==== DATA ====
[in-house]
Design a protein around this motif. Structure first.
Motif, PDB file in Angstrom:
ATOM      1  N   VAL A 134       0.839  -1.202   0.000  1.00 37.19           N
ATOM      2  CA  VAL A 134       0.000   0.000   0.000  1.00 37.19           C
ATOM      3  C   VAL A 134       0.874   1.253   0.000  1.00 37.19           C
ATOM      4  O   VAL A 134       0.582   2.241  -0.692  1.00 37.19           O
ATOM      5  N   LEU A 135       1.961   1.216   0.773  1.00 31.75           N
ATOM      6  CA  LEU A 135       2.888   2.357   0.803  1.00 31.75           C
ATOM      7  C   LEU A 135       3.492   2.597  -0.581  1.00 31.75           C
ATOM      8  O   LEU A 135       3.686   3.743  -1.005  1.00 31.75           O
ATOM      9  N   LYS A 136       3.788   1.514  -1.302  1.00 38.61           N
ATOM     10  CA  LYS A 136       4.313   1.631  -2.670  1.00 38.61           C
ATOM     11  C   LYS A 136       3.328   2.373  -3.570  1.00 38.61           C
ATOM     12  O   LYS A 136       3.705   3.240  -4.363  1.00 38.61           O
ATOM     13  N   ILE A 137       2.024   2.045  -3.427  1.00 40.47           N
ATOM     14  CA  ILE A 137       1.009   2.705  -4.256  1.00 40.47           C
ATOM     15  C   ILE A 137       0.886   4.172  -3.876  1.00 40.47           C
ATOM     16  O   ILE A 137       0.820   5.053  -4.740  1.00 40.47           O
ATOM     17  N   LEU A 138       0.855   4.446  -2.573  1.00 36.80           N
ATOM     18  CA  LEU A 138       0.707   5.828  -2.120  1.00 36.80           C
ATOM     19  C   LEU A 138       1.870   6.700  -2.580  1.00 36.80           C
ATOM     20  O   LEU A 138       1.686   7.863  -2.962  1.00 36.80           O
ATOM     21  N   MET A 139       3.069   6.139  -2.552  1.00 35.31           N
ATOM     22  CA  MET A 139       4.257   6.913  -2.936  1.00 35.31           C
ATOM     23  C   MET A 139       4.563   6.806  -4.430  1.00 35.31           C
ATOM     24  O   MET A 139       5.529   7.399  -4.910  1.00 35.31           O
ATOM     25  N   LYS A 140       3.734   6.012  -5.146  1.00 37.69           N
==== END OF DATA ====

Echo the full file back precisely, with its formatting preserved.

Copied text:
[in-house]
Design a protein around this motif. Structure first.
Motif, PDB file in Angstrom:
ATOM      1  N   VAL A 134       0.839  -1.202   0.000  1.00 37.19           N
ATOM      2  CA  VAL A 134       0.000   0.000   0.000  1.00 37.19           C
ATOM      3  C   VAL A 134       0.874   1.253   0.000  1.00 37.19           C
ATOM      4  O   VAL A 134       0.582   2.241  -0.692  1.00 37.19           O
ATOM      5  N   LEU A 135       1.961   1.216   0.773  1.00 31.75           N
ATOM      6  CA  LEU A 135       2.888   2.357   0.803  1.00 31.75           C
ATOM      7  C   LEU A 135       3.492   2.597  -0.581  1.00 31.75           C
ATOM      8  O   LEU A 135       3.686   3.743  -1.005  1.00 31.75           O
ATOM      9  N   LYS A 136       3.788   1.514  -1.302  1.00 38.61           N
ATOM     10  CA  LYS A 136       4.313   1.631  -2.670  1.00 38.61           C
ATOM     11  C   LYS A 136       3.328   2.373  -3.570  1.00 38.61           C
ATOM     12  O   LYS A 136       3.705   3.240  -4.363  1.00 38.61           O
ATOM     13  N   ILE A 137       2.024   2.045  -3.427  1.00 40.47           N
ATOM     14  CA  ILE A 137       1.009   2.705  -4.256  1.00 40.47           C
ATOM     15  C   ILE A 137       0.886   4.172  -3.876  1.00 40.47           C
ATOM     16  O   ILE A 137       0.820   5.053  -4.740  1.00 40.47           O
ATOM     17  N   LEU A 138       0.855   4.446  -2.573  1.00 36.80           N
ATOM     18  CA  LEU A 138       0.707   5.828  -2.120  1.00 36.80           C
ATOM     19  C   LEU A 138       1.870   6.700  -2.580  1.00 36.80           C
ATOM     20  O   LEU A 138       1.686   7.863  -2.962  1.00 36.80           O
ATOM     21  N   MET A 139       3.069   6.139  -2.552  1.00 35.31           N
ATOM     22  CA  MET A 139       4.257   6.913  -2.936  1.00 35.31           C
ATOM     23  C   MET A 139       4.563   6.806  -4.430  1.00 35.31           C
ATOM     24  O   MET A 139       5.529   7.399  -4.910  1.00 35.31           O
ATOM     25  N   LYS A 140       3.734   6.012  -5.146  1.00 37.69           N